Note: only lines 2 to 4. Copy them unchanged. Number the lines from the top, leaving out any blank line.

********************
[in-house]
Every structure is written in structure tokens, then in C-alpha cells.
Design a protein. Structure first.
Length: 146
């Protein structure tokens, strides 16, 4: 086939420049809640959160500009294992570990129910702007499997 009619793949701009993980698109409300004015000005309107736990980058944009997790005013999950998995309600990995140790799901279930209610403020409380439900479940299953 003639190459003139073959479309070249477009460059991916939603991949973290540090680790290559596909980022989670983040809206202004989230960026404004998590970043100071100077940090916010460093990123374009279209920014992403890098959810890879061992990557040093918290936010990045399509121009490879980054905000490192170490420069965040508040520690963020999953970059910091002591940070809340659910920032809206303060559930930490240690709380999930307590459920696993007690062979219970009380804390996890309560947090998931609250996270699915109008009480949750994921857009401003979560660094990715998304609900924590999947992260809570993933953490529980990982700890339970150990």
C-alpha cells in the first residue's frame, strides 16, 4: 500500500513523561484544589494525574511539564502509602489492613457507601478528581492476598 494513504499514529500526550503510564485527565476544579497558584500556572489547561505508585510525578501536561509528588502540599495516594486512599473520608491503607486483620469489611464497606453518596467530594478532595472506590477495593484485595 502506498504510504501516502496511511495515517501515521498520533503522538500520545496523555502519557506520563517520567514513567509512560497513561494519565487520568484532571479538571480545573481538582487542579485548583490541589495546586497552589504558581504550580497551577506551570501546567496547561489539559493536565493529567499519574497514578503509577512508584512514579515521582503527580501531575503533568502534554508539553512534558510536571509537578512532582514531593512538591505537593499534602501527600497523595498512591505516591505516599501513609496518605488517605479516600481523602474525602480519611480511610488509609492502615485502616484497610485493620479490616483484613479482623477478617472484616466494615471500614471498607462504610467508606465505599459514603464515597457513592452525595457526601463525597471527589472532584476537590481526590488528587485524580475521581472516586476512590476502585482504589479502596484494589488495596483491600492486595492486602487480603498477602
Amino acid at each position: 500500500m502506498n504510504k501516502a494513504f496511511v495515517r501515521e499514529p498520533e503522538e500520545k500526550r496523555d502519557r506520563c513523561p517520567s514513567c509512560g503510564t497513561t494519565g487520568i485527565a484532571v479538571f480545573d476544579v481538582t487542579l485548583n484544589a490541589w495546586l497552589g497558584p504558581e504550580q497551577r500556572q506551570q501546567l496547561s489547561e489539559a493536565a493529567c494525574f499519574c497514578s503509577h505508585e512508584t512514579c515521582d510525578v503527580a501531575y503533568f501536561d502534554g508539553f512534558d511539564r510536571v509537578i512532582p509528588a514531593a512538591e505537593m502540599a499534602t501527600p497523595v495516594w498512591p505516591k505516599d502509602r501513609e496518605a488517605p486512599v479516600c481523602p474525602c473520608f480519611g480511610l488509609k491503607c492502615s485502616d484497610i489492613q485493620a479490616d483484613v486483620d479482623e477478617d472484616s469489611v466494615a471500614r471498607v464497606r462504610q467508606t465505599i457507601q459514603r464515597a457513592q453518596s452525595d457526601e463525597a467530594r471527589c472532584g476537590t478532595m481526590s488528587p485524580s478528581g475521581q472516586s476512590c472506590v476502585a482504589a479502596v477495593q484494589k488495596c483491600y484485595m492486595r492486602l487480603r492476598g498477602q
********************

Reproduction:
Every structure is written in structure tokens, then in C-alpha cells.
Design a protein. Structure first.
Length: 146